When Magic Johnson and a group of fellow investors plunked down $2.15 billion to purchase the Los Angeles Dodgers, the deal was the largest amount ever paid for a sports franchise.
But Johnson’s involvement in the deal could possibly mean more than just the further diversification of the former NBA great’s business portfolio.
Johnson, who has already become the face of the organization, also has an opportunity to lend his star power to baseball, perhaps spurring the increased participation of African-American players and fans.
Johnson has a stake in a sport in which the number of black players and fans has been its lowest numbers in several decades.
Sixty-five years after Jackie Robinson integrated baseball wearing a Dodgers uniform, African-Americans and baseball have an estranged relationship. For example, the percentage of African-Americans on Opening Day rosters has dropped from 18 percent of players in 1991 to 8.5 percent last year.
In addition, only nine percent of fans who attended a major league game last season were African-American, reported a Scarborough Research study. Meanwhile, only six percent of African-Americans consider baseball to be their favorite sport, according to a separate Harris Poll.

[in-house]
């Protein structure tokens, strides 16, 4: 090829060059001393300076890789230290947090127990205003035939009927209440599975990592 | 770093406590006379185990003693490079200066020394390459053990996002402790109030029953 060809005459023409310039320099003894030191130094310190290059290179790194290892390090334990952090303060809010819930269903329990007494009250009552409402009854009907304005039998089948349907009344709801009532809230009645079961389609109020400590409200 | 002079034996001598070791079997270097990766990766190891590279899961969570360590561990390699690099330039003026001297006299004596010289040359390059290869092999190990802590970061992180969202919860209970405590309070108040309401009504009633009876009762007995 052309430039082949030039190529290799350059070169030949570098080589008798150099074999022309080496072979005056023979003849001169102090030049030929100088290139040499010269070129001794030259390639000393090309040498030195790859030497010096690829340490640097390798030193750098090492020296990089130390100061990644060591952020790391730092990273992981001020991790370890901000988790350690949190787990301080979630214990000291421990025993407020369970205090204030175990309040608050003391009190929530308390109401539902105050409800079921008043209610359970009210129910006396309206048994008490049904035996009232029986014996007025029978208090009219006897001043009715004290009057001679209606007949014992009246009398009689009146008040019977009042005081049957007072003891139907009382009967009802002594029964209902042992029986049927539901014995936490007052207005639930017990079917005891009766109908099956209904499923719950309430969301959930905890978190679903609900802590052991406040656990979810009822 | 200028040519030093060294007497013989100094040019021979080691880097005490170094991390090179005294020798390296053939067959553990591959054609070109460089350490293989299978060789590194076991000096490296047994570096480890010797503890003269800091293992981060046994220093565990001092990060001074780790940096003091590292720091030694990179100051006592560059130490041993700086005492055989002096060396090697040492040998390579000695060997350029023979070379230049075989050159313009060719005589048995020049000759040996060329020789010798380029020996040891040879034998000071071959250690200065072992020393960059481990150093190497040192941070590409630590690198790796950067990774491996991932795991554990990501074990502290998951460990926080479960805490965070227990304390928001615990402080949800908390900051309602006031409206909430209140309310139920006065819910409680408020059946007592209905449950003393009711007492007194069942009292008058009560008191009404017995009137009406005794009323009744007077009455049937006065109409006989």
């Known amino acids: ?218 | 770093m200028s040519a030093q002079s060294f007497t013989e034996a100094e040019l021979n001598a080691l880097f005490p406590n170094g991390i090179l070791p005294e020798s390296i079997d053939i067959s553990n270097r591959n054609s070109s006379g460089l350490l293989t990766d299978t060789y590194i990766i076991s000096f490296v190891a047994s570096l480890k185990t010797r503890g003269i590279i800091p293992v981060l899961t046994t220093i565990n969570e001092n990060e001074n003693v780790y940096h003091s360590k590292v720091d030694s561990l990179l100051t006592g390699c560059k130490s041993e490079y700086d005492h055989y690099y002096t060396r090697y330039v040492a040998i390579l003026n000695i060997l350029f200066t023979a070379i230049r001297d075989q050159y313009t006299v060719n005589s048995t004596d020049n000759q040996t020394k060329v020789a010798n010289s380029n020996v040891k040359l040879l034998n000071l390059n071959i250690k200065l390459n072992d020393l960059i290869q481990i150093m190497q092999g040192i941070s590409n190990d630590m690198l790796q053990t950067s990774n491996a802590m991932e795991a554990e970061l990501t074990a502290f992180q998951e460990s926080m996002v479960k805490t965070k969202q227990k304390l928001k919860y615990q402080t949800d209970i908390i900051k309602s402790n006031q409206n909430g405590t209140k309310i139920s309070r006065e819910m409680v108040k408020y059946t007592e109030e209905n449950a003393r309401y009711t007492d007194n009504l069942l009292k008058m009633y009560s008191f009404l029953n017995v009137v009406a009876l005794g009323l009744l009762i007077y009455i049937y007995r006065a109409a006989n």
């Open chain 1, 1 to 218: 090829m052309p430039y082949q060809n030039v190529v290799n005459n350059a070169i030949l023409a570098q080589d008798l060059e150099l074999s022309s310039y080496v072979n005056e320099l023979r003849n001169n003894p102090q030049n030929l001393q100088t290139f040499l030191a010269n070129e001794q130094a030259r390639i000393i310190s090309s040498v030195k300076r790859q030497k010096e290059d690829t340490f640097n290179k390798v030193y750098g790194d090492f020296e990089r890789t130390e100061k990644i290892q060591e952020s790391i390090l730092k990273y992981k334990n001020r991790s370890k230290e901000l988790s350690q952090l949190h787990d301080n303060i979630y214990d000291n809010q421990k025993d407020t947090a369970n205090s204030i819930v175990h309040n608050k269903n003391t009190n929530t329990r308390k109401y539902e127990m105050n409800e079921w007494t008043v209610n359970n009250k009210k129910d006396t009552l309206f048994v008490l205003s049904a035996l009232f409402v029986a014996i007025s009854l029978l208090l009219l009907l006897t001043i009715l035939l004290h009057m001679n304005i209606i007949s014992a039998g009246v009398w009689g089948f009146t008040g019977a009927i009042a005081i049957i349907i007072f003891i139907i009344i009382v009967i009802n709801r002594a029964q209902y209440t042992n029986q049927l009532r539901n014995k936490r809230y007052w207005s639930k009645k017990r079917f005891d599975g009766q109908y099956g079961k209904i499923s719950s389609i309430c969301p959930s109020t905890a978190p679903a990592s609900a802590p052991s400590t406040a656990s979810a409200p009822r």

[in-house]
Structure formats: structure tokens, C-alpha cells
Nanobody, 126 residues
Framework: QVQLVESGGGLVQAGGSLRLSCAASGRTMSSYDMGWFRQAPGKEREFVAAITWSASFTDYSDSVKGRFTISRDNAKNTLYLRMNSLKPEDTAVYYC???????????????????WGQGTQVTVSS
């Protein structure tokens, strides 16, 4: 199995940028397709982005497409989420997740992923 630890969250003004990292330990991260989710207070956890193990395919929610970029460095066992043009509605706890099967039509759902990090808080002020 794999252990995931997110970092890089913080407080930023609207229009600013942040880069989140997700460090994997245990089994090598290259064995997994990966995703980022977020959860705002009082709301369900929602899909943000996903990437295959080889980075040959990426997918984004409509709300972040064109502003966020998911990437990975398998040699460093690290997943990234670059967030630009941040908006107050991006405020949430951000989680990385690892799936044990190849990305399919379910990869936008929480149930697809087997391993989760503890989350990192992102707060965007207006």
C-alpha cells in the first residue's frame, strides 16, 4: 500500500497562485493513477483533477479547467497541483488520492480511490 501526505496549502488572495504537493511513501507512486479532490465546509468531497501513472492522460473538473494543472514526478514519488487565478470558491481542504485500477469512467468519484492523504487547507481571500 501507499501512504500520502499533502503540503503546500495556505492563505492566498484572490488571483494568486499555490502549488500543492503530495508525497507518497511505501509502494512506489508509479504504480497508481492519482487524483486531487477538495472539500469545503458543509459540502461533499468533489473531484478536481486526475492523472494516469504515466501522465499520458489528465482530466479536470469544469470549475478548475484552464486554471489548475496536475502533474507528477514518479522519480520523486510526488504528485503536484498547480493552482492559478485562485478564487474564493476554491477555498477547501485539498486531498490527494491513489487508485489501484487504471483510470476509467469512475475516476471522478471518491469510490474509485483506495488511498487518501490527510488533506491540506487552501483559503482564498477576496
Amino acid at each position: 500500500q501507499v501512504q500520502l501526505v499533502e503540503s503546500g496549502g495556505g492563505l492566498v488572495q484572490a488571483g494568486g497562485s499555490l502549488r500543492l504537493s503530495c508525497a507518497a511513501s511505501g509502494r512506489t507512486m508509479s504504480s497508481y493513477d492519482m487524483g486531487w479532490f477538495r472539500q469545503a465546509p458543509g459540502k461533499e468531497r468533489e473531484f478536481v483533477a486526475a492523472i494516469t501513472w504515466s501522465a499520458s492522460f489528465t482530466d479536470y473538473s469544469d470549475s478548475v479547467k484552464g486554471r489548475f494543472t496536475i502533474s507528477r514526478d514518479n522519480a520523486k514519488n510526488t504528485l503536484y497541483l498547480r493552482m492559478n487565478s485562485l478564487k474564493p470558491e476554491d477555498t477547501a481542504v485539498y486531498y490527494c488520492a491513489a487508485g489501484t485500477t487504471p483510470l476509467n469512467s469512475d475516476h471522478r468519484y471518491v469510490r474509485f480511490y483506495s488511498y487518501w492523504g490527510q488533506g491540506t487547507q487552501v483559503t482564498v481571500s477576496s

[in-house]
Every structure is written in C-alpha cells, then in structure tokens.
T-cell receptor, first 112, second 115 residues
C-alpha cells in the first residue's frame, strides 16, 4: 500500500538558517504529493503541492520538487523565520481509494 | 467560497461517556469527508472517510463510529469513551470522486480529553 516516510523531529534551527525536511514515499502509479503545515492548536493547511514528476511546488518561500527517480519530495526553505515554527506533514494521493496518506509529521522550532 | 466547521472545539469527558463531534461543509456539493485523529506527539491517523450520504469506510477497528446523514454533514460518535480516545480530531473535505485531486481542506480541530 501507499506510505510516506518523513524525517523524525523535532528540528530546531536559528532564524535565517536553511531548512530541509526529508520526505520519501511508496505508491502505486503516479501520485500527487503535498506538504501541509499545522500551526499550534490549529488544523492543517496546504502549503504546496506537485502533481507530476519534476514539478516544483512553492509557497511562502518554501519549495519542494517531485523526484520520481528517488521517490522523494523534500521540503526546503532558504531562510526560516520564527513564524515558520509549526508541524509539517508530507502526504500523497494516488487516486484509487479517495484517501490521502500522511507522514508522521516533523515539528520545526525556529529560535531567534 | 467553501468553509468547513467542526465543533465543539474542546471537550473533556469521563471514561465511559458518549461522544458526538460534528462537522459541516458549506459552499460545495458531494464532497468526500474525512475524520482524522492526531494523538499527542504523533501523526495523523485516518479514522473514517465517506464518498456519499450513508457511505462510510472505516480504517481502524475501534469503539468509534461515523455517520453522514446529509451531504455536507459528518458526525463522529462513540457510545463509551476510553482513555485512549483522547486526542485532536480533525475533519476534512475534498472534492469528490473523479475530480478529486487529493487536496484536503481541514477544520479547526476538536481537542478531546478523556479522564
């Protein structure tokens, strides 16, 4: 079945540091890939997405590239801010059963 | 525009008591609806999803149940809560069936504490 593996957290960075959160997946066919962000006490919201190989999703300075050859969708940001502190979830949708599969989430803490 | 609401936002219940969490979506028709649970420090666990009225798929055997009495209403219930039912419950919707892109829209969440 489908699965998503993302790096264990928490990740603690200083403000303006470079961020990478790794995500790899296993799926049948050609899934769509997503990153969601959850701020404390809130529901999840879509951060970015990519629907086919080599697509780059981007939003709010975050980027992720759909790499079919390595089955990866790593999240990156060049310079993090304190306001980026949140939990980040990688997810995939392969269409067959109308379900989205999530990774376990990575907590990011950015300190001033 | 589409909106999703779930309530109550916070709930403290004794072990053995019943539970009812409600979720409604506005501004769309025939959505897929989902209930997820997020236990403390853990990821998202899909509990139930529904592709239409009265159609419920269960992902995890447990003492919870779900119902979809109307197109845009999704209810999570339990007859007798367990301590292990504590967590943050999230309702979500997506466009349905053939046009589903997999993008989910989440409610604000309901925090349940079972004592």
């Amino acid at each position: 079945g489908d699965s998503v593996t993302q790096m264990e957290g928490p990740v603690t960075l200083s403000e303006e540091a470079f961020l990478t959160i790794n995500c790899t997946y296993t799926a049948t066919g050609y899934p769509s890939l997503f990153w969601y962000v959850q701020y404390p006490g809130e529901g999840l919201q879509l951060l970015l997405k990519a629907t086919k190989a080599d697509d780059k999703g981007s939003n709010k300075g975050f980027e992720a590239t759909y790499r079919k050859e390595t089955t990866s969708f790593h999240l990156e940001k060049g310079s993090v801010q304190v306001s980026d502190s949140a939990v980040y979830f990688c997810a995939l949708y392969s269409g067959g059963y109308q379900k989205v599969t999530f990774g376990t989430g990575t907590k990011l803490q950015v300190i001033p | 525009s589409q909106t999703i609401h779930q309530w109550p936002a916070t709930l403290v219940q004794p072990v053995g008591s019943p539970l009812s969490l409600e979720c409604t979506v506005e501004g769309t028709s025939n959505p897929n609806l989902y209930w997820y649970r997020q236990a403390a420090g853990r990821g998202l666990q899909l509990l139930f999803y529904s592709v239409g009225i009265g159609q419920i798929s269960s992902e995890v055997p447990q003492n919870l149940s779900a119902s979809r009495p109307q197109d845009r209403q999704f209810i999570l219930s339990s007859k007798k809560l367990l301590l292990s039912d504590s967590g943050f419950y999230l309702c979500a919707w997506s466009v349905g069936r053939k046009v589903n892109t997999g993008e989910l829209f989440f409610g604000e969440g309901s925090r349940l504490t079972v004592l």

However, Tommy Hawkins, the Dodgers’ VP of communications from 1987 to 2005, said Johnson’s involvement in baseball is great news but admitted that one man couldn’t resuscitate African-American interest in the game alone.
“Magic will not be able to wave a magic wand over baseball and make that kind of meaningful impact. I think it’s great that he becomes a part-owner, but a lot of work needs to be done to reignite the black response.”
Currently, there are several outreach programs in urban areas that help generate interest in baseball including Reviving Baseball in Inner Cities (RBI) initiative. New York Yankees pitcher C.C. Sabathia and Boston’s Carl Crawford both participated in RBI as young players.
For his part, Johnson is working with the Jackie Robinson Foundation. Robinson’s daughter, Sharon, is set to be an advisor and focus mostly on community outreach.
The 2012-2013 season has just started and Johnson wants show baseball he’s serious.
“When my group bought this team, I said I was going to be there with them, and for them. Today I wanted to show the players exactly what I meant.”